Settings

Sis for
Settings

I’ve posted before on the importance of creating well-developed characters, but don’t forget they need an interesting world to live in. The settings in a novel should be perceptible to the reader, in that they should easily be able to visualize the environment the characters move around in, complete with sounds, smells, and textures.

Sometimes it’s useful to sketch out the building, room, or city where the action takes place.  You don’t want the diamond-shaped window your main character gazes out of each morning while he sips coffee to magically move from the left side of the living room to the back of the house.  When I wrote the first book of my Petal Pushers Mystery Series, I spent about ten minutes drawing a sloppy floor plan of the flower shop which is the main setting, and I’m still referring back to it as I write the third book, to make sure I get all the details correct.

Pinterest is a fun way to gather ideas and details for your settings.  You can find hundreds of doorknobs and window styles, pictures from any city you’re thinking about including, not to even mention all the house interiors and exteriors.  Just create your own board and pin away.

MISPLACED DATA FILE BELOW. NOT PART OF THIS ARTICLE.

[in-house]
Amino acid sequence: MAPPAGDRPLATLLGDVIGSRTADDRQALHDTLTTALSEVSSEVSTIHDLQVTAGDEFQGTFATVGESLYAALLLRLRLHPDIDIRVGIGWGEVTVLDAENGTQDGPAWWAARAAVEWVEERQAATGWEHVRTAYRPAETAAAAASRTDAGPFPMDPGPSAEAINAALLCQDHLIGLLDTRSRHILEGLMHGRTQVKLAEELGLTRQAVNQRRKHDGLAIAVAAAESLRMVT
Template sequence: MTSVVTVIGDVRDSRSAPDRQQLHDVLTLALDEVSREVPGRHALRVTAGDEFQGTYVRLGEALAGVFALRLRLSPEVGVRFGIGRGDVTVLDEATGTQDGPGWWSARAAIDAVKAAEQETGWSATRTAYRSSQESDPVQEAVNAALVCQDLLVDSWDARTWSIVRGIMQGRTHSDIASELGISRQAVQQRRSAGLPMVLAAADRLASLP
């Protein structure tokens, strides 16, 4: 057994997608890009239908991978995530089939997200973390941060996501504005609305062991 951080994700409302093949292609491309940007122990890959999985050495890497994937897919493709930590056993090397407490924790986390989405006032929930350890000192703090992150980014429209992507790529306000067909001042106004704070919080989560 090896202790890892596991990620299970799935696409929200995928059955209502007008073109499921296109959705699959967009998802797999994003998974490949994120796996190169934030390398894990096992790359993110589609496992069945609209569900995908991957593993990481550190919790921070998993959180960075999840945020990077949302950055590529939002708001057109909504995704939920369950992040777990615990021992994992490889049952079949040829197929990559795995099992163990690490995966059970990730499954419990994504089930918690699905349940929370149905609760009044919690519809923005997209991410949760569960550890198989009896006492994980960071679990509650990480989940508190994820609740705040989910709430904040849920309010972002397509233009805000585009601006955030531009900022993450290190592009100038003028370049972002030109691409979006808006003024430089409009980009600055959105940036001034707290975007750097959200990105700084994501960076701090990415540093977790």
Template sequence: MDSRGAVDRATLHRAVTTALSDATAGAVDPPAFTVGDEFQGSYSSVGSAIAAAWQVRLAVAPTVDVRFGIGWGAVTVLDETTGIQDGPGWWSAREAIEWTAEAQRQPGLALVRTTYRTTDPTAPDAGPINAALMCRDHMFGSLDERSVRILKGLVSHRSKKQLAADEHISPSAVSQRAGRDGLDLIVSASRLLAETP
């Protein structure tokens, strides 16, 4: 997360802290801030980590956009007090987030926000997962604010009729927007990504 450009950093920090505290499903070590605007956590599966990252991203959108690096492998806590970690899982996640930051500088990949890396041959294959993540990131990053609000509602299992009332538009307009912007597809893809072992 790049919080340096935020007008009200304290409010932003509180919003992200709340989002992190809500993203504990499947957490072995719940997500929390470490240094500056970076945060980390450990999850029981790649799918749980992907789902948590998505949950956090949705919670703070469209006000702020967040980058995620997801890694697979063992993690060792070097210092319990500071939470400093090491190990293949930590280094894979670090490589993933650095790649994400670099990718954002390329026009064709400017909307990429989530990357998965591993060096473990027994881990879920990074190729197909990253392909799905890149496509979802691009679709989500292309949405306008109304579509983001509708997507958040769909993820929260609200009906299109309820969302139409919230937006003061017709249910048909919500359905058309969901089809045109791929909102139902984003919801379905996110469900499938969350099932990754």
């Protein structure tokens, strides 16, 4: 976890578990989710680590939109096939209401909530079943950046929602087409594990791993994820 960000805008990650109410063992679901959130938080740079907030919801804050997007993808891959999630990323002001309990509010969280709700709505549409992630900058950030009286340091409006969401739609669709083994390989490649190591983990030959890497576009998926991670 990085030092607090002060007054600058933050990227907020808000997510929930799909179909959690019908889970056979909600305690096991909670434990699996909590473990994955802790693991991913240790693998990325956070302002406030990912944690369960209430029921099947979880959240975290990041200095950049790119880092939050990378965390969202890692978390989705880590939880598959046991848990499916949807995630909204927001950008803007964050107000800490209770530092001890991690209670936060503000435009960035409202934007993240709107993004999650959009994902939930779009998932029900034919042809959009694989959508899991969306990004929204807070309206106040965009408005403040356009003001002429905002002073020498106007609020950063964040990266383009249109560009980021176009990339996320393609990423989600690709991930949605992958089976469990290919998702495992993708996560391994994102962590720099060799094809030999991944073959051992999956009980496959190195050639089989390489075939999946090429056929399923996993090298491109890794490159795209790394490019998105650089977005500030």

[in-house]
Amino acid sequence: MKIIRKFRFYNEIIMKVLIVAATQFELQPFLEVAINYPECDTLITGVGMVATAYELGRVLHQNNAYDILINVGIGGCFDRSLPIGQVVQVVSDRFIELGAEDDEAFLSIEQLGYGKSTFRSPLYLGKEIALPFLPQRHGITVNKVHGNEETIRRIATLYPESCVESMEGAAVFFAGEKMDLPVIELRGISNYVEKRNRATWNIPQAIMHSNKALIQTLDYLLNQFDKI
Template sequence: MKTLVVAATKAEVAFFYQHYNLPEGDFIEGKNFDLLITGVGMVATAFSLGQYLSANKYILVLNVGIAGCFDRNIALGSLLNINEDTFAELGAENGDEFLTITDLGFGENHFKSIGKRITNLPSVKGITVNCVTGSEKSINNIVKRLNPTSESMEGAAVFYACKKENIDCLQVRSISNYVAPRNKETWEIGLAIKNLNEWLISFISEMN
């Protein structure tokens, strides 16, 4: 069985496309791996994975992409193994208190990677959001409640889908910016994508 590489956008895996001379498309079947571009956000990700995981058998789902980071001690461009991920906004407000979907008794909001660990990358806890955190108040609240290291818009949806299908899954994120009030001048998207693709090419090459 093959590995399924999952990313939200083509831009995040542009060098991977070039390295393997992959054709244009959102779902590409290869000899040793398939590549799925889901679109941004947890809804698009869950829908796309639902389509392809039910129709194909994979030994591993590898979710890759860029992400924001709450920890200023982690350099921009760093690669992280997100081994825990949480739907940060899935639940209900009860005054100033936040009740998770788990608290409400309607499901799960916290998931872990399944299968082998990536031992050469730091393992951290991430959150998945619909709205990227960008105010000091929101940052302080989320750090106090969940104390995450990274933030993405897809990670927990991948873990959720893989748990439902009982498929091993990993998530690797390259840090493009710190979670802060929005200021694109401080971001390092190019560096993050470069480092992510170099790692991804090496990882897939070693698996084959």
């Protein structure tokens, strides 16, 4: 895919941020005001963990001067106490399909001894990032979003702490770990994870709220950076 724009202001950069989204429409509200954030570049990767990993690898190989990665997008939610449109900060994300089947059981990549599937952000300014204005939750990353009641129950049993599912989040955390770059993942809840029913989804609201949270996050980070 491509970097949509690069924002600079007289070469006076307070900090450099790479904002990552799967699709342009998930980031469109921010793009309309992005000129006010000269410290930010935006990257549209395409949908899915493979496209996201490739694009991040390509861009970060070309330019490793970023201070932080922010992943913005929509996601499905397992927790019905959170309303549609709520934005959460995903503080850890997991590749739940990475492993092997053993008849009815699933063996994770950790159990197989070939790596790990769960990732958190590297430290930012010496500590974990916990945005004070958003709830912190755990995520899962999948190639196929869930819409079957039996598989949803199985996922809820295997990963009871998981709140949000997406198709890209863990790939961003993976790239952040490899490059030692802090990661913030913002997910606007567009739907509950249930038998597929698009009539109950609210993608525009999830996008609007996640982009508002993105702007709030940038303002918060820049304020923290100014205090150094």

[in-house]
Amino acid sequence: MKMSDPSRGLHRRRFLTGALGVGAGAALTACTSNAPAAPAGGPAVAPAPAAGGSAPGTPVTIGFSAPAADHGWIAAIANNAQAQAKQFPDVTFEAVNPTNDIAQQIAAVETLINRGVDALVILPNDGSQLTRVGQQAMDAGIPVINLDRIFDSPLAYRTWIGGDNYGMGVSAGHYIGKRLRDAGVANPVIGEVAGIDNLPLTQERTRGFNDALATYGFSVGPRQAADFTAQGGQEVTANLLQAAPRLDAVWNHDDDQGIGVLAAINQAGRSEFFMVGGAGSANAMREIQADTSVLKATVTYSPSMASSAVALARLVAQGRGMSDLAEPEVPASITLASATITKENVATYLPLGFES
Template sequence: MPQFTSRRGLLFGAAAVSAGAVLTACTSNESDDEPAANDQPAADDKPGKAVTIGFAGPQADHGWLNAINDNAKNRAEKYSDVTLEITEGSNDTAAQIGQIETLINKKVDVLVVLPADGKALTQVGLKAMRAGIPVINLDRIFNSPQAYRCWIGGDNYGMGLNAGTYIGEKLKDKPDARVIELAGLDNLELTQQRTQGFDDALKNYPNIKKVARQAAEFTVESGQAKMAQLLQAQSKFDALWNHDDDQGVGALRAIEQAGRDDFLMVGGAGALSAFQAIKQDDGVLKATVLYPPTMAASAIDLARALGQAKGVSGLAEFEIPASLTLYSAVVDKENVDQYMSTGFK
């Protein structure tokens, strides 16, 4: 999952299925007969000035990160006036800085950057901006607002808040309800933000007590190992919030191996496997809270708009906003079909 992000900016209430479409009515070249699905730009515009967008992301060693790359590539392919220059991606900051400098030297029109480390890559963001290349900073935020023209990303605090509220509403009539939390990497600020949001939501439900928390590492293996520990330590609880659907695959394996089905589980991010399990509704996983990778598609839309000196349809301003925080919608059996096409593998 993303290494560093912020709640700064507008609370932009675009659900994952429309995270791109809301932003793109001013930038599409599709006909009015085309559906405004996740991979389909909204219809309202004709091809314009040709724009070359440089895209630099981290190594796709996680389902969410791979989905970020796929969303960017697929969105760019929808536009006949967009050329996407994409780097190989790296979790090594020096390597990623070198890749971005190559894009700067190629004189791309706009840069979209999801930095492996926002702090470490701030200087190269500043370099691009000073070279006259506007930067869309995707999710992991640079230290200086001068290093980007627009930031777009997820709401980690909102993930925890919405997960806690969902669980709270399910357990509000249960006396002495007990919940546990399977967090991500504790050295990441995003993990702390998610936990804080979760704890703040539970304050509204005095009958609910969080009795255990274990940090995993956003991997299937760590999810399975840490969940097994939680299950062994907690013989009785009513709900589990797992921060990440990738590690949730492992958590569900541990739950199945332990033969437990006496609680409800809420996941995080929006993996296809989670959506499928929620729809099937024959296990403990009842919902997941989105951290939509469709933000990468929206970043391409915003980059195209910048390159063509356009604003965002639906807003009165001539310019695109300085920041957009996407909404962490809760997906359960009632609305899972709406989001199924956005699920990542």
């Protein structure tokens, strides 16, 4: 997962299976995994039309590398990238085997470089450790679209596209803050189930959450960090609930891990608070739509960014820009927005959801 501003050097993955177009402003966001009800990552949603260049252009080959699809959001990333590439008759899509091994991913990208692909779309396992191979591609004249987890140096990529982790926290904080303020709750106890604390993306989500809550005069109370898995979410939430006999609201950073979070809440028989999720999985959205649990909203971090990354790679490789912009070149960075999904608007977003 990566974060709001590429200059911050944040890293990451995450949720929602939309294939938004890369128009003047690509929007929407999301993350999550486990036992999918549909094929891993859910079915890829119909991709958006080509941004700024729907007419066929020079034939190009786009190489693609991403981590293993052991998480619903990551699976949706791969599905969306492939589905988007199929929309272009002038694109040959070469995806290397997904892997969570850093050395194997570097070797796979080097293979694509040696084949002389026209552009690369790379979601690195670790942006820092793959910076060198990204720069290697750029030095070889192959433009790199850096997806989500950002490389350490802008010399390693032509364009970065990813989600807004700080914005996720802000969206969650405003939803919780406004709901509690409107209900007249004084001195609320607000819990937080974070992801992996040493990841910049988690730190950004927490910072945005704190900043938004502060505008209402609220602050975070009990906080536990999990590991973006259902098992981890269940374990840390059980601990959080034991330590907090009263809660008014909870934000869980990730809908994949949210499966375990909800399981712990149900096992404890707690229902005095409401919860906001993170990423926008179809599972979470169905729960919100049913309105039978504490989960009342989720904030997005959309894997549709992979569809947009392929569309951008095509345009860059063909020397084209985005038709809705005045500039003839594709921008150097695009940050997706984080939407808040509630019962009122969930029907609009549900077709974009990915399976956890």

How do you invent your settings?  Or is there a particular place from a book that stands out in you mind, like Harry Potter’s Hogwarts and Diagon Alley ?

9 comments on “Settings

  1. Cecilia says:

    I am working on my setting and went to ask a farmer how much pasture I would need to feed a cow through winter. Research 🙂 The setting has to fit the need of the character.

  2. njmagas says:

    Sometimes I feel compelled to draw a room, or a building or even a whole map. I can’t seem to go further in my writing until I’ve drawn it out, even though it’s all coming form my own mind anyway. Strange brain. o.O

  3. jenbradlee says:

    I love settings…they can make or break a scene. But I try to avoid too much detail because it can overwhelm the reader and distract from the story taking place. A few well placed details are key to making the setting come alive…in my honest opinion. 🙂

    • I agree, in that I don’t like reading books that describe every rug and picture on the wall. 🙂 Sprinkling in a detail or two about a setting each time it’s used is a good way for the reader to get a ‘feel’ for the main character’s surroundings.

  4. nrhatch says:

    I agree with Jen. A few key details are all I need.

  5. Carrie-Anne says:

    I love it when the setting feels like almost another character, when the flavor of the city, house, or neighborhood takes on such a strong part of the overall story. I also agree that way too many details can bore the reader and not advance the story. I don’t want to know what every single nook, cranny, and crevice of a house looks like, contrary to how many 19th and early 20th century writers wrote.

  6. I love some of the places Anne McCaffrey dreamed up on Pern; especially Ruatha Hold, Benden Weyr, the Harper Hall, and Landing!

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